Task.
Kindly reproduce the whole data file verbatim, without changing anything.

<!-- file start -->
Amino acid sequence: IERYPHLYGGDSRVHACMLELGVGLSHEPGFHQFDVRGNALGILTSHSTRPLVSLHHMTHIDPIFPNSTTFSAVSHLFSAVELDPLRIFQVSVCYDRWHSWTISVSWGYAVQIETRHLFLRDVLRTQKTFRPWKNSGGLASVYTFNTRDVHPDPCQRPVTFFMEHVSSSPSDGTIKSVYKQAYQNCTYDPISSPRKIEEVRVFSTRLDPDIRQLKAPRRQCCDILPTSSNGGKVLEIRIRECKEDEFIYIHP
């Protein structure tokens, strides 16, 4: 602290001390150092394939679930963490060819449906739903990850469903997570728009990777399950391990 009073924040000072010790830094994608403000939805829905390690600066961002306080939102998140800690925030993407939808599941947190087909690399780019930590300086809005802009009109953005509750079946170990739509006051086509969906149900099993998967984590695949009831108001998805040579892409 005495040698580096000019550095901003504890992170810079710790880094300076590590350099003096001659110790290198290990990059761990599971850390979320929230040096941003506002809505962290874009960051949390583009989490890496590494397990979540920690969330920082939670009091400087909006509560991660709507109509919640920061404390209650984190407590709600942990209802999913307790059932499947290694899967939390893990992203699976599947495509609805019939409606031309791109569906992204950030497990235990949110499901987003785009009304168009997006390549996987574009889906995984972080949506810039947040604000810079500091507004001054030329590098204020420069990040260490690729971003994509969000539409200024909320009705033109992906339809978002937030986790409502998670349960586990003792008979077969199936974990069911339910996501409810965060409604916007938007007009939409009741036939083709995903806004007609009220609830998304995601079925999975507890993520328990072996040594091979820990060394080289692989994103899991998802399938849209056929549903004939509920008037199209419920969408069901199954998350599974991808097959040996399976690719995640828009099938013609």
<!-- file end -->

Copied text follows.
Amino acid sequence: IERYPHLYGGDSRVHACMLELGVGLSHEPGFHQFDVRGNALGILTSHSTRPLVSLHHMTHIDPIFPNSTTFSAVSHLFSAVELDPLRIFQVSVCYDRWHSWTISVSWGYAVQIETRHLFLRDVLRTQKTFRPWKNSGGLASVYTFNTRDVHPDPCQRPVTFFMEHVSSSPSDGTIKSVYKQAYQNCTYDPISSPRKIEEVRVFSTRLDPDIRQLKAPRRQCCDILPTSSNGGKVLEIRIRECKEDEFIYIHP
């Protein structure tokens, strides 16, 4: 602290001390150092394939679930963490060819449906739903990850469903997570728009990777399950391990 009073924040000072010790830094994608403000939805829905390690600066961002306080939102998140800690925030993407939808599941947190087909690399780019930590300086809005802009009109953005509750079946170990739509006051086509969906149900099993998967984590695949009831108001998805040579892409 005495040698580096000019550095901003504890992170810079710790880094300076590590350099003096001659110790290198290990990059761990599971850390979320929230040096941003506002809505962290874009960051949390583009989490890496590494397990979540920690969330920082939670009091400087909006509560991660709507109509919640920061404390209650984190407590709600942990209802999913307790059932499947290694899967939390893990992203699976599947495509609805019939409606031309791109569906992204950030497990235990949110499901987003785009009304168009997006390549996987574009889906995984972080949506810039947040604000810079500091507004001054030329590098204020420069990040260490690729971003994509969000539409200024909320009705033109992906339809978002937030986790409502998670349960586990003792008979077969199936974990069911339910996501409810965060409604916007938007007009939409009741036939083709995903806004007609009220609830998304995601079925999975507890993520328990072996040594091979820990060394080289692989994103899991998802399938849209056929549903004939509920008037199209419920969408069901199954998350599974991808097959040996399976690719995640828009099938013609």